18 and I don't know whether anything was done regarding

    19 this matter.

    20 JUDGE CASSESE: Thank you so much. I assume

    21 there is no objection to the witness being released?

    22 Mr. Alilovic, thank you so much for coming

    23 here to give evidence in court. You may now be

    24 released. Thank you.

    25 A. Thank you.

  68. 1 (Witness withdrew)

    2 JUDGE CASSESE: Before we move on to our next

    3 witness, I wonder whether the Prosecutor could set out

    4 the various arguments that he announced this morning.

    5 Mr. Terrier?

    6 MR. TERRIER: (No translation)

    7 JUDGE CASSESE: Could you please repeat what

    8 you just said?

    9 MR. TERRIER: I would be glad to do so,

    10 Mr. President.

    11 I was just saying that I would like to raise

    12 two matters having to do with the organisation of the

    13 proceedings, and which appear to me to require a rapid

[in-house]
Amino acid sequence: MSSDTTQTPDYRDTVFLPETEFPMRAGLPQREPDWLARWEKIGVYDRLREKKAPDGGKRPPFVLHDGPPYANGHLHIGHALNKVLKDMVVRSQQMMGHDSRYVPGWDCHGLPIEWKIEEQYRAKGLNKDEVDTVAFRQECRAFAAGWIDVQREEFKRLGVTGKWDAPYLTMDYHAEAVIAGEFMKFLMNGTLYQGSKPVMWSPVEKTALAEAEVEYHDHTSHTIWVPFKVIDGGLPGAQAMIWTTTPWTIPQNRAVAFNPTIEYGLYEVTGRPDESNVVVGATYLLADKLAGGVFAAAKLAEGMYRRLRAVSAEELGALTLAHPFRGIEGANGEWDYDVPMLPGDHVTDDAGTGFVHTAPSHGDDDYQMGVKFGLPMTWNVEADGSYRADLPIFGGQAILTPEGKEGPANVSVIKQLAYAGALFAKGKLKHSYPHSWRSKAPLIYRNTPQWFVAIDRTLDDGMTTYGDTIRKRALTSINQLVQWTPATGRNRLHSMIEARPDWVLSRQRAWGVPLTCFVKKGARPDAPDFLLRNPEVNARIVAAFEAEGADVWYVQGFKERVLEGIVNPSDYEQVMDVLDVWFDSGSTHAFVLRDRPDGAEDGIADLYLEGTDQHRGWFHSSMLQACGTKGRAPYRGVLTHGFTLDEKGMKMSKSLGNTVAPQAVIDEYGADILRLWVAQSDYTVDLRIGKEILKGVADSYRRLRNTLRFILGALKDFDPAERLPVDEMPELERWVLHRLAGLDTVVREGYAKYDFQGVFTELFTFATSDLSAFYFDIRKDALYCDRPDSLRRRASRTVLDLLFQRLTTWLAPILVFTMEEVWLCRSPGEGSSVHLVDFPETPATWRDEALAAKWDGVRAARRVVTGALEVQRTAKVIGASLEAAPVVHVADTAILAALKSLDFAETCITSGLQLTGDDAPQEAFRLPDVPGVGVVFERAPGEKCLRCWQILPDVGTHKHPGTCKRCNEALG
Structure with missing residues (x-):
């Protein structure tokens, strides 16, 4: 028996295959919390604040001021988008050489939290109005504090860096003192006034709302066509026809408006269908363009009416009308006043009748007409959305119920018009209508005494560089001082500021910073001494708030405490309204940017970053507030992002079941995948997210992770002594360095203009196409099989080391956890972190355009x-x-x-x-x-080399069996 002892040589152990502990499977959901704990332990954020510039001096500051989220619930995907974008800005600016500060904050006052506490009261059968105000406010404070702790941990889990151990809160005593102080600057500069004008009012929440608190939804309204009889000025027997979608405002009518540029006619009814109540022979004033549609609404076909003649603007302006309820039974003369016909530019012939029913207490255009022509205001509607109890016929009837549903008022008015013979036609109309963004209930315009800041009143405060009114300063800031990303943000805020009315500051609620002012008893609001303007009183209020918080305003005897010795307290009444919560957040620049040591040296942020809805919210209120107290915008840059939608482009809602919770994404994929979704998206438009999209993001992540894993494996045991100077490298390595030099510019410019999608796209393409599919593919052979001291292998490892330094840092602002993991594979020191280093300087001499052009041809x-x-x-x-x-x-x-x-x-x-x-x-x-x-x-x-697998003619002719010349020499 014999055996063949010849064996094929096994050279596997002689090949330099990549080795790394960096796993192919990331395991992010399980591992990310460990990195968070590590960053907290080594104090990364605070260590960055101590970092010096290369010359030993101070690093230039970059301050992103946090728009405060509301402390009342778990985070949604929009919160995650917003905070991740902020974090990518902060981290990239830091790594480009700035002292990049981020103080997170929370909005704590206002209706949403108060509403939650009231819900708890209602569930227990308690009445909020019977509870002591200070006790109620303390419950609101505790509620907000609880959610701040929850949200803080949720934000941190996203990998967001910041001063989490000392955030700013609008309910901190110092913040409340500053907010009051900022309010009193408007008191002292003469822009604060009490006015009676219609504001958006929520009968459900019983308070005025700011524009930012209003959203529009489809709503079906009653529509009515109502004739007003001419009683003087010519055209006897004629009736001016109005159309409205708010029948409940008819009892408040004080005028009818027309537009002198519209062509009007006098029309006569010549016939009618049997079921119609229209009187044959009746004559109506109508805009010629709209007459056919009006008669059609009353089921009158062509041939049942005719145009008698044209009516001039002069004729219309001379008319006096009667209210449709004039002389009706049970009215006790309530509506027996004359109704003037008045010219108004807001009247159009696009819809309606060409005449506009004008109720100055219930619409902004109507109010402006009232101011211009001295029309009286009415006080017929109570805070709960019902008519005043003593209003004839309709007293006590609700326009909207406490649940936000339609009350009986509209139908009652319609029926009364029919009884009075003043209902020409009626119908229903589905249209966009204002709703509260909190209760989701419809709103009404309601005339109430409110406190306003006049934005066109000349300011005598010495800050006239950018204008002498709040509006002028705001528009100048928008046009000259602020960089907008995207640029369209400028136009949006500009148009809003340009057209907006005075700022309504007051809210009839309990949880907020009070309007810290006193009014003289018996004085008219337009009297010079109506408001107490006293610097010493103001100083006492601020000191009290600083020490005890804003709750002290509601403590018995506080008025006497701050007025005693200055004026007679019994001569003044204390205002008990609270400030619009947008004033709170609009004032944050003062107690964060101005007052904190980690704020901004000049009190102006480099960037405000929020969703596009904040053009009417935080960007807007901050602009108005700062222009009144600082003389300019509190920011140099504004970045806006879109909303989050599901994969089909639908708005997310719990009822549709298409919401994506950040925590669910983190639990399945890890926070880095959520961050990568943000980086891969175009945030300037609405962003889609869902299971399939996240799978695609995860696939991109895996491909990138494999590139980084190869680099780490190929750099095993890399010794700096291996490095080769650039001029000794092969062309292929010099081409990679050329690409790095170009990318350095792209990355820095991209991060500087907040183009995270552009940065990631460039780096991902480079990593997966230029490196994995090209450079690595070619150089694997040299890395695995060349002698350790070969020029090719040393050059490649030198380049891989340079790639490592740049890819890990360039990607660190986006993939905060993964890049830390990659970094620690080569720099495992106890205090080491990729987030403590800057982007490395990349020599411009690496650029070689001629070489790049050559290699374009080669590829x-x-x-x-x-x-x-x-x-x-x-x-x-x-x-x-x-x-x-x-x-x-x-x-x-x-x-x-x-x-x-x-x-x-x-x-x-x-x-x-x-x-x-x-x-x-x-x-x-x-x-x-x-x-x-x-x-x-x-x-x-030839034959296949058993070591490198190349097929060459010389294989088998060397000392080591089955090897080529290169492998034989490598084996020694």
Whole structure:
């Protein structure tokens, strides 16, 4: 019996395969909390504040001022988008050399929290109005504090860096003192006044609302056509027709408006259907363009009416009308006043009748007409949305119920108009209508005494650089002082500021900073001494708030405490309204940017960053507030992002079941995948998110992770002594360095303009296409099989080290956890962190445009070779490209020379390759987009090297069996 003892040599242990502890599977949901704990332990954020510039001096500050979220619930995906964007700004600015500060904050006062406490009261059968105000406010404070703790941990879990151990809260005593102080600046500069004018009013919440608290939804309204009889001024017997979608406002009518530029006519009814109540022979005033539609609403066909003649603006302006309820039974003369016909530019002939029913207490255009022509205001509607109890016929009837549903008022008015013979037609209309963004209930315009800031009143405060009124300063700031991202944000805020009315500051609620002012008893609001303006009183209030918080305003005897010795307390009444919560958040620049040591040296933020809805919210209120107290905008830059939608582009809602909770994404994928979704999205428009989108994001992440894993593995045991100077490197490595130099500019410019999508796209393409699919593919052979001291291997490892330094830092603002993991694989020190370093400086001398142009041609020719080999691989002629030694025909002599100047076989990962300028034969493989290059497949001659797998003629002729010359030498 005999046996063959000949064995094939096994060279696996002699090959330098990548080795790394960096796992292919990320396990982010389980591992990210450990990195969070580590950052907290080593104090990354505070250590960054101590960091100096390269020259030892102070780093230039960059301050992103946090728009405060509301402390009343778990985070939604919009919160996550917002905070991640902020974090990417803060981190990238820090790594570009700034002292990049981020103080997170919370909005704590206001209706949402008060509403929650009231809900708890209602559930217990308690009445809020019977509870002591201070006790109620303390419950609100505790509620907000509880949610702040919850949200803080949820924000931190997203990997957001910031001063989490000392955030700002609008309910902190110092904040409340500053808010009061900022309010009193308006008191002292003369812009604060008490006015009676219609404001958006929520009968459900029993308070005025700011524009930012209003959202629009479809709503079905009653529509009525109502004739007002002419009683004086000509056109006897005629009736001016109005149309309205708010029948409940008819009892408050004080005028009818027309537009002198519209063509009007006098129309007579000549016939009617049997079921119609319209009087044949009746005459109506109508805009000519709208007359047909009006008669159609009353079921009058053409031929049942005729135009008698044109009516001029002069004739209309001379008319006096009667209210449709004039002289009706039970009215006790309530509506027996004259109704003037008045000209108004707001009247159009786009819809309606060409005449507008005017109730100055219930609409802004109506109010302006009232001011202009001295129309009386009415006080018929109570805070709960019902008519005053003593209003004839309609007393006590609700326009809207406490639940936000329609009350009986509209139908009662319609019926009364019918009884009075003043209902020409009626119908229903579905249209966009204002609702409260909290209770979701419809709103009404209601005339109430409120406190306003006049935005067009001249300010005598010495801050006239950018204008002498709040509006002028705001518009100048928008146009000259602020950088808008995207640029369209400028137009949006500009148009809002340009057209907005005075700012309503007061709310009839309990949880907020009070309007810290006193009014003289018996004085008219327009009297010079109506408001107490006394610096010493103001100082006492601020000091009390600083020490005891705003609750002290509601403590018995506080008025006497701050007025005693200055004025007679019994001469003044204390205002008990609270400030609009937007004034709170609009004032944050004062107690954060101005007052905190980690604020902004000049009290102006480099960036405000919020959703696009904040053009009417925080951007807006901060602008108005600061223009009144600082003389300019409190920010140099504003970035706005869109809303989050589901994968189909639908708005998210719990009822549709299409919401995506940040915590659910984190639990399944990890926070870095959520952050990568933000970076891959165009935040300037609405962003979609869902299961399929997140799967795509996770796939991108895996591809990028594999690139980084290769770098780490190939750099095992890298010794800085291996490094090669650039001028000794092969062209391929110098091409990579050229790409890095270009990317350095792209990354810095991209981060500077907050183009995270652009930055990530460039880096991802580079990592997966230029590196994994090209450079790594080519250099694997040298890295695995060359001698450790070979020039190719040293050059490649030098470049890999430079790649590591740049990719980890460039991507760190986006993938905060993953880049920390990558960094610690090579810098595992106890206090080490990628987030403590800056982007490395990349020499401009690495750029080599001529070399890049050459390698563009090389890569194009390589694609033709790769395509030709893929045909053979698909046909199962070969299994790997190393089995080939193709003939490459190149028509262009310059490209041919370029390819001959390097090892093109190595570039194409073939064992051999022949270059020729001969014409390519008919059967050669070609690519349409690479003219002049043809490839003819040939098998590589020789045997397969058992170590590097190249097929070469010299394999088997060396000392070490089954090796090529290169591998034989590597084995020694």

14 ruling by the Trial Chamber. The first of those

    15 questions has to do with the alibi defence provided by

    16 Vlado Santic, and the second has to do with the

    17 directive of the Trial Chamber, according to which the

    18 Prosecution must, several days before the

    19 cross-examination, submit to the Defence the exhibits

    20 that it intends to use.

    21 Regarding the first issue, the Defence of

    22 alibi by the accused Vlado Santic. We have received a

    23 document dated 16th January, 1999, that is Saturday,

    24 according to which we have been notified that

    25 implementing Article 67(A) of the Rules of procedure,

  69. 1 that is the defence of alibi by the accused Vlado

    2 Santic, three witnesses have been named. Those

    3 witnesses will say that the accused Vlado Santic was in

    4 Vitez at the time of the acts attributed to him, that

    5 what appears from those documents, and it is finally

    6 specified that the accused will not testify himself.

    7 Mr. Pavkovic, who is the author of this

    8 document, tells us that it is not, strictly speaking, a

    9 new document, but, rather, a confirmation of a previous